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Student engagement is on the federal government agenda

I have been at two national forums on student engagement in the last 3 weeks – one here in Melbourne and one in New Zealand.  I’ve been talking about student engagement for about 3 years now and was just beginning to give up hope that it would ever catch on.  But catch on it appears to have done.


Its popularity is probably due in part to the federal government’s stamp of approval of student engagement as a site of interest.  In 2009, the Australian federal government responded to the Bradley Review of Higher Education report through the May 2009 federal budget.  In their budget summary document, Transforming Australia’s Higher Education System (, the government indicate the status of each of the specific recommendations made by the Bradley Review. 


On recommendation 7, that states in part that the Australian Government require all accredited higher education providers to administer the Australasian Survey of Student Engagement (AUSSE) from 2009 and report annually on the findings, the Transforming summary paper indicates in principle support.  It is likely that with the announcement of a new federal Tertiary Education Quality and Standards Agency (TEQSA), further consideration will take place once details of the new body are determined.


The Transforming document includes a section on student attainment, access and engagement.  Within this section, under the heading ‘Better Student Engagement’, the document mentions “student satisfaction”; “teaching and learning experience indicators; “drop-out rates” and “the rise in student-to-staff ratios” (p. 14).  It also notes the impact of the student experience on retention and notes the need to focus on improving the student learning experience.  It is likely we will see funding tied to measurements in some or all of these areas.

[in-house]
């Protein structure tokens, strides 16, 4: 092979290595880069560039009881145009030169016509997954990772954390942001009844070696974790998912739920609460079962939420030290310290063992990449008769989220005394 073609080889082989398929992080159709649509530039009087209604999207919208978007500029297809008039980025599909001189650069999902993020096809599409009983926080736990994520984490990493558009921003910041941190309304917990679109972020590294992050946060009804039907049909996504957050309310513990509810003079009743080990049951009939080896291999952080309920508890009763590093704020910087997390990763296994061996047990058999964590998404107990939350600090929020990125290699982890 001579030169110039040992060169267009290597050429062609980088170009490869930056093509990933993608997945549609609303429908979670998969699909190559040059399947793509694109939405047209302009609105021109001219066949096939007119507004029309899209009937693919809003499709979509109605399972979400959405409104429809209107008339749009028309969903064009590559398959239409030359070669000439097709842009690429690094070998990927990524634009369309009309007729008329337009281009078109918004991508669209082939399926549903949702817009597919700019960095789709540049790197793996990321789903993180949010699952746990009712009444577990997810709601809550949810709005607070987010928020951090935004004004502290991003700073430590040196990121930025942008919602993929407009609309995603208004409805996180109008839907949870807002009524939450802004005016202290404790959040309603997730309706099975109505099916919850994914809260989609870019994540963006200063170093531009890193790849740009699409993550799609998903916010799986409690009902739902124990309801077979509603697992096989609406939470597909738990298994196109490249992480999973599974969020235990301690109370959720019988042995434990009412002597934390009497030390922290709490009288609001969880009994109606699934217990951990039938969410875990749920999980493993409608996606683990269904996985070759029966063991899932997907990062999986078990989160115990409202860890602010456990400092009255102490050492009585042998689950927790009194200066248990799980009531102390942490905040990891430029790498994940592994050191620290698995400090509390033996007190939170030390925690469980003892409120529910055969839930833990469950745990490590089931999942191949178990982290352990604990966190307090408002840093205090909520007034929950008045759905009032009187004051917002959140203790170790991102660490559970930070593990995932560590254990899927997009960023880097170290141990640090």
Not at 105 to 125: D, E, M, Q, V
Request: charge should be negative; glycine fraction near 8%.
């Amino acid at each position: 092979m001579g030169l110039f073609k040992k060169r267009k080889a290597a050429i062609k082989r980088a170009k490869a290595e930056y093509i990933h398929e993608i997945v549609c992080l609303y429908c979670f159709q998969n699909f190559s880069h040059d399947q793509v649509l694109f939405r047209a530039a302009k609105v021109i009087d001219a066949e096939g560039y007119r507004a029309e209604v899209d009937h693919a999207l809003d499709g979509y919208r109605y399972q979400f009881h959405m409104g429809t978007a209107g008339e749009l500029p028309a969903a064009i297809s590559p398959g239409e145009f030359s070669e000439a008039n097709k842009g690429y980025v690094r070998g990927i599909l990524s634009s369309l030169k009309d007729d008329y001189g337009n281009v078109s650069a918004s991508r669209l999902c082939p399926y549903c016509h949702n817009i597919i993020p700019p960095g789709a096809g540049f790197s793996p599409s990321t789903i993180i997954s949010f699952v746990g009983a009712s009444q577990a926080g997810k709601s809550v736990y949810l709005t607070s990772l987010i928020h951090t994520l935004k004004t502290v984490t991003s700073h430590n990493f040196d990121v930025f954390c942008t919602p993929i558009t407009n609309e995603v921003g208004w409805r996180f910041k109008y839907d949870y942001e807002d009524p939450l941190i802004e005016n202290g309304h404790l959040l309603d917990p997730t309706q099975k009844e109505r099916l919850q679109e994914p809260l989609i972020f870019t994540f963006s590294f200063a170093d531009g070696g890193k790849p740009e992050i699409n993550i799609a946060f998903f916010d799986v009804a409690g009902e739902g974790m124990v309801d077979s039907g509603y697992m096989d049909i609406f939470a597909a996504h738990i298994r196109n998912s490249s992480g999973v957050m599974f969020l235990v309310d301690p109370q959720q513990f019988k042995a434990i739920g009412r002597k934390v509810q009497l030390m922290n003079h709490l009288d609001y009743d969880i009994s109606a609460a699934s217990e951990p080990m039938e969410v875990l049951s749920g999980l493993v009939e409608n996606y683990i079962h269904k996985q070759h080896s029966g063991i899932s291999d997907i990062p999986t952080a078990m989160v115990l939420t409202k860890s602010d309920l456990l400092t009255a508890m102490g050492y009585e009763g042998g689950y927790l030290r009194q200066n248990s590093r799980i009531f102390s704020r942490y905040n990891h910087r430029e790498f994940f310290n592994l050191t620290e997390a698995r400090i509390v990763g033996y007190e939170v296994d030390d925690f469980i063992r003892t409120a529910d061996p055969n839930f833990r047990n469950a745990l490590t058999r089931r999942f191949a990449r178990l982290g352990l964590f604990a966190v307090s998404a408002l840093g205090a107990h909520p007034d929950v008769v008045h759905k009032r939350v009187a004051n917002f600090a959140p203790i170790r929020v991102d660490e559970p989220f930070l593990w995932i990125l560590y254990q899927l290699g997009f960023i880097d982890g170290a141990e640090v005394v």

But what is student engagement?  I wrote in my column in The Age newspaper recently about what it meant ( and received a lovely email from a member of the public telling me how unhelpful he found my definition.  It wasn’t my definition I sniffed, I got it from some experts, but my correspondent had a point – we need to be clear what it is we are working toward.

The Australian Council for Educational Research (ACER) define student engagement as students’ involvement with activities and conditions likely to generate high-quality learning. In plain language, it’s about stuff students do at uni that contributes to better learning.  Stuff like actually reading the set pre-reading for class; doing regular private study outside of class; working hard to meet or exceed staff expectations; and getting involved in active learning such as working with other students on a project.


But it’s not just students who need to get on baord with this.  Teachers need to teach – face to face and online – in ways that engage all types of students.  Teaching and learning leaders need to set up systems of reward and recognition that mean teachers’ efforts to these ends are worth it and institutions do all they can to underpin student engagement through physical and other environments being the best they can possibly be.


Deakin has a neat new website on student engagement with advice, suggestions and resources for anyone interested in the concept:


With the targets set by the federal government in realtion to expanding participation, the fact that student engagement is now on the national and international agenda is good news.

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